Tax Security Tips

Proactive Tax Security Information


Important tax security information and resources.


A. Avoid tax-preparer phishing and IRS-impersonator telephone scams.

According to the IRS, please be aware that:
1. The IRS will never call to demand immediate payment, nor will the agency call about taxes owed without first having mailed you a bill.
2. The IRS will never demand that you pay taxes without giving you the opportunity to question or appeal the amount they say you owe.
3. The IRS will never require you to use a specific payment method for your taxes, such as a prepaid debit card.
4. The IRS will never ask for credit or debit card numbers over the phone.
5. The IRS will never threaten to bring in local police or other law-enforcement groups to have you arrested for not paying.

B. Protect your passwords.

Avoid using the same log in and password for multiple online accounts. If one password is stolen for one account, chances are you’ve used the same log in information on other, possibly more important, accounts.

Some recommendations for safer passwords include:
1. Making sure that your password is at least 10 characters long
2. Making sure that your password does include at least one letter and one number
3. Making sure that your password does not include characters that repeats more than 3 times
4. Making sure that your password includes at least one of the following characters: ! @ # $ % ^ & * ) ( _ + = | / ? ; : . } { - [ ]

C. Monitor your identity through credit bureaus and health insurance statements.

Visit www.annualcreditreport.com to review each of your three credit reports once a year for free. Make sure no one has filed claims with your health insurance or received care using your personal information. 

D. Shield your personal information while online.

Give personal information only to encrypted websites and avoid over-sharing on social media. Avoid mentioning you are on vacation and implying your home will be empty, as it could leave your home susceptible to burglary. 

E. Save previous tax returns and supporting documents securely.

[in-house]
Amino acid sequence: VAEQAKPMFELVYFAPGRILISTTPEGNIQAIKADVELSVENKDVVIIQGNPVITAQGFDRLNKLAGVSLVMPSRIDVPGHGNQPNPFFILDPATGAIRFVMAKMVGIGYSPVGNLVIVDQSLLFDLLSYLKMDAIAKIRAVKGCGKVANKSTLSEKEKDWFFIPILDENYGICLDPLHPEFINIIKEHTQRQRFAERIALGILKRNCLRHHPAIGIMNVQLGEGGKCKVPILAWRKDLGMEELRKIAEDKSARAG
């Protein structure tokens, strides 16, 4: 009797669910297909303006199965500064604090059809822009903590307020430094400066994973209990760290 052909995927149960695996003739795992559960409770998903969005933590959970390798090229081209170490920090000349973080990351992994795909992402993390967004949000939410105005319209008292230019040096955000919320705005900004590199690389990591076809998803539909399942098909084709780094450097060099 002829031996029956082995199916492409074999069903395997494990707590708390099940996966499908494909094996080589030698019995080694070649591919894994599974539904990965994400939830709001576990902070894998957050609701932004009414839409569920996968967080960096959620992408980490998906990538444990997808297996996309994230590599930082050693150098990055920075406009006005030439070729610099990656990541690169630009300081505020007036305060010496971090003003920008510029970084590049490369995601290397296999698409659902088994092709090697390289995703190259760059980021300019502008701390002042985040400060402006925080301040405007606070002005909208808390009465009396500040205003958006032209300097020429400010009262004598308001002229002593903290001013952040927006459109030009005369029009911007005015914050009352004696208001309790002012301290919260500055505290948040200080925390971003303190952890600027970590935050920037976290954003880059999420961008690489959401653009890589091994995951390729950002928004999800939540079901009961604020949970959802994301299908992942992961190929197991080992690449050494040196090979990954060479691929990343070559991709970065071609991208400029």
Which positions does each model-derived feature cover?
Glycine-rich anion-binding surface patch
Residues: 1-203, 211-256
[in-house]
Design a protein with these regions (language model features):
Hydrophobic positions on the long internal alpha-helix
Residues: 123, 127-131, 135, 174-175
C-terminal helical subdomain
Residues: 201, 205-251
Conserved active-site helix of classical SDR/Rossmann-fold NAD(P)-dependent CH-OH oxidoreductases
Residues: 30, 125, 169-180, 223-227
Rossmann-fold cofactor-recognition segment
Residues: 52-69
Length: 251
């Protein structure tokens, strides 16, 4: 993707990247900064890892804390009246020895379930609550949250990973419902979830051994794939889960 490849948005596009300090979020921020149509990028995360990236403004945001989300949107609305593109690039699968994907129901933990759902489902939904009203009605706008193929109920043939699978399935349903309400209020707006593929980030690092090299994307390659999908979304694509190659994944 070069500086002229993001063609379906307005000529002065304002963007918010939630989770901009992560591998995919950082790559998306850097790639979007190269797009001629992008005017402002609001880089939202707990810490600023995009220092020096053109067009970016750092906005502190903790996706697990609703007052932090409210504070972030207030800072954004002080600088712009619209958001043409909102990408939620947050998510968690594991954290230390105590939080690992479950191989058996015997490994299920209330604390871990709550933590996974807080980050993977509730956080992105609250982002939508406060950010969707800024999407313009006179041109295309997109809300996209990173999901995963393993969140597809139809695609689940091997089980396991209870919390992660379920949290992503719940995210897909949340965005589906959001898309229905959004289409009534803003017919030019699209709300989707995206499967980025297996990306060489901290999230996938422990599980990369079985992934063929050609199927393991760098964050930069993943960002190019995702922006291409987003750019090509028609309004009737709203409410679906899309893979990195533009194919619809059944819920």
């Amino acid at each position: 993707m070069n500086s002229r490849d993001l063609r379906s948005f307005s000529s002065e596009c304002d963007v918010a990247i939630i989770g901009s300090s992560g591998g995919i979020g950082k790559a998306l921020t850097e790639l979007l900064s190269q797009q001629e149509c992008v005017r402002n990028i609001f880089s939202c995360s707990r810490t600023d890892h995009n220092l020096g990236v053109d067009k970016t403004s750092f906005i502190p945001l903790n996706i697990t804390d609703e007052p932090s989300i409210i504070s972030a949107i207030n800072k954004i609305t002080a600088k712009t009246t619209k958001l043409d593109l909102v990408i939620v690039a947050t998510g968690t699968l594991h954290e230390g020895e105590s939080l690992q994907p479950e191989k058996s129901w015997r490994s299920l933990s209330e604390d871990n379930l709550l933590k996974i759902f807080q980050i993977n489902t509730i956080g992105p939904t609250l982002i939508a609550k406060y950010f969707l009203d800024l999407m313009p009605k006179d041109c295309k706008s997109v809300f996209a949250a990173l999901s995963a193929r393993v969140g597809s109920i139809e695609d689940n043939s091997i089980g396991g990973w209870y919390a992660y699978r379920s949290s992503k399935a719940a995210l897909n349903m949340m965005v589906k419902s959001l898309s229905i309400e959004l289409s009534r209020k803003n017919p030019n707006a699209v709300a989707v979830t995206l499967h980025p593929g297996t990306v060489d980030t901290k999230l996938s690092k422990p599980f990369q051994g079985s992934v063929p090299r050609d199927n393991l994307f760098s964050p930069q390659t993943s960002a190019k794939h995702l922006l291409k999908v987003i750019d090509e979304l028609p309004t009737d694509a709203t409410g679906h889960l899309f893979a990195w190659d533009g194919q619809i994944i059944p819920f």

Keep copies of completed federal and state tax returns and supporting documents from previous years – preferably under lock and key – such as inside a safe. If you file taxes electronically, make sure to have a backup on an external hard drive, in case the hard drive on your computer crashes. Both your computer and external hard drives should be password protected. The IRS recommends keeping copies of your tax returns and supporting documents for 3-7 years.

F. Properly dispose of sensitive personal information when the time is right.

Stay aware of all tax documents that contain sensitive personal information, such as social security numbers and bank account numbers, and do not simply throw them away in the trash. Properly shred all sensitive documents you no longer wish to keep.

G. File your taxes as early as possible.

Ensuring you file early could help prevent fraud if your identity has been stolen and that person attempts to file taxes illegally on your behalf to collect your refund.

The information contained in this article is intended for general educational purposes only and is not to be construed as legal, tax, or financial advice. Please consult with your own legal, tax or financial advisor for guidance with your own particular circumstances.

Sources and more information:

1. Internal Revenue Service (IRS) website, https://www.irs.gov/uac/Tax-Scams-Consumer-Alerts





The information contained in this article is intended for general educational purposes only and is not to be construed as legal, tax, or financial advice. Please consult with your own legal, tax or financial advisor for guidance with your own particular circumstances.